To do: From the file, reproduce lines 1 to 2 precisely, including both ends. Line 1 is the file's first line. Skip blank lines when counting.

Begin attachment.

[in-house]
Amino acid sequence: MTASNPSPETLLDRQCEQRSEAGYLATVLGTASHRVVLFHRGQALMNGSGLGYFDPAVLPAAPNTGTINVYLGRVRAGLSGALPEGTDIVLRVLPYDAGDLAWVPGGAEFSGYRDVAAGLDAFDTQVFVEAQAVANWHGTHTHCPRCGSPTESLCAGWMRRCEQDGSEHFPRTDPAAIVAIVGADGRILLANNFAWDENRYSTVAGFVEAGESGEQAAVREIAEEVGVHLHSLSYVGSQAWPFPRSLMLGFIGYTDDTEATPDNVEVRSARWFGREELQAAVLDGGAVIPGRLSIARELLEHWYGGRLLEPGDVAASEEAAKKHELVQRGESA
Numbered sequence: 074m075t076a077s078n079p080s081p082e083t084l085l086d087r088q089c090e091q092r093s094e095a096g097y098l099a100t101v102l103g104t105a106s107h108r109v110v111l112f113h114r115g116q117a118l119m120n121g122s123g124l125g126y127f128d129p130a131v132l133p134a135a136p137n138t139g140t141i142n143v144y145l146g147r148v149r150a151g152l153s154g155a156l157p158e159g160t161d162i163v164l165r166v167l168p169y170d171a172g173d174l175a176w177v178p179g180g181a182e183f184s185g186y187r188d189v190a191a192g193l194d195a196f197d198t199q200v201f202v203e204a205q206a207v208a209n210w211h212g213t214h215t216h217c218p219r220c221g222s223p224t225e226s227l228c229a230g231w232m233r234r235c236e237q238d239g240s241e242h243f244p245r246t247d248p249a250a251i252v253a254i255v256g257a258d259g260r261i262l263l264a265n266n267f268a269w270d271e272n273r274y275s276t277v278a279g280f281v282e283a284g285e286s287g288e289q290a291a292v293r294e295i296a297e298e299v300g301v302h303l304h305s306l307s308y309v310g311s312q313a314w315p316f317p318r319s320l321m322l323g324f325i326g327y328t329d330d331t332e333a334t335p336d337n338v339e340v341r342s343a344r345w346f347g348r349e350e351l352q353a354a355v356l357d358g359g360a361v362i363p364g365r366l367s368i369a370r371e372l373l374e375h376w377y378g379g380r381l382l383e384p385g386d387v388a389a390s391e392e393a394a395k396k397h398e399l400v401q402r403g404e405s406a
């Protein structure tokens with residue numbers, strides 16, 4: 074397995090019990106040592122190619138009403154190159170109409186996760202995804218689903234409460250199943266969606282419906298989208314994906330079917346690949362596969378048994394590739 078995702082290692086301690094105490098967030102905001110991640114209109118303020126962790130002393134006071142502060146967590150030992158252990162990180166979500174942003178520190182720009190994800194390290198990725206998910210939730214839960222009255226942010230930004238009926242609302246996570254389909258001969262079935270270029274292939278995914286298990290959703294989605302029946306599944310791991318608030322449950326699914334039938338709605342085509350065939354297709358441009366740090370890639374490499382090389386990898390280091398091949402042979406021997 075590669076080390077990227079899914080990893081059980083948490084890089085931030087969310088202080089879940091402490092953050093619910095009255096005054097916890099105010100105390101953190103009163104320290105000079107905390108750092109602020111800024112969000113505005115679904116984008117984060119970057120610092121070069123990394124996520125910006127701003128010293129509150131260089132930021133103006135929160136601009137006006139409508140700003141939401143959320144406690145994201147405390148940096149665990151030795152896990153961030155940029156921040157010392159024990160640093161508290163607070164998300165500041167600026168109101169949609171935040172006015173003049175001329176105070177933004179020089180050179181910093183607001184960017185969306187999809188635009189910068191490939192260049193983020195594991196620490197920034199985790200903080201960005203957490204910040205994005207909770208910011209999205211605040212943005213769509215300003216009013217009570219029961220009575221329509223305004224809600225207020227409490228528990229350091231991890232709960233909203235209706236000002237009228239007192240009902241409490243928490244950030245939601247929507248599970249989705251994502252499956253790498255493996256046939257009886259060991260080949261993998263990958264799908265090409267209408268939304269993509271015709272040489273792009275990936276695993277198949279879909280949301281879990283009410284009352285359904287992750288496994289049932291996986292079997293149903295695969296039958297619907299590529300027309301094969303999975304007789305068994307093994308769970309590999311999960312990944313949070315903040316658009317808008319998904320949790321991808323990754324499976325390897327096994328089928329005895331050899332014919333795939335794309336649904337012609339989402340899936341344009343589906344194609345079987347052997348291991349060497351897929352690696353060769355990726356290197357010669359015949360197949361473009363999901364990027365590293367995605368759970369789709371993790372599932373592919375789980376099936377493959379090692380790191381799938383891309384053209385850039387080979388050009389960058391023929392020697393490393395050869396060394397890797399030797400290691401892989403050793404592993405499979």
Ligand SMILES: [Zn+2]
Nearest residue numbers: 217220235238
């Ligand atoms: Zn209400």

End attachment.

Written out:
[in-house]
Amino acid sequence: MTASNPSPETLLDRQCEQRSEAGYLATVLGTASHRVVLFHRGQALMNGSGLGYFDPAVLPAAPNTGTINVYLGRVRAGLSGALPEGTDIVLRVLPYDAGDLAWVPGGAEFSGYRDVAAGLDAFDTQVFVEAQAVANWHGTHTHCPRCGSPTESLCAGWMRRCEQDGSEHFPRTDPAAIVAIVGADGRILLANNFAWDENRYSTVAGFVEAGESGEQAAVREIAEEVGVHLHSLSYVGSQAWPFPRSLMLGFIGYTDDTEATPDNVEVRSARWFGREELQAAVLDGGAVIPGRLSIARELLEHWYGGRLLEPGDVAASEEAAKKHELVQRGESA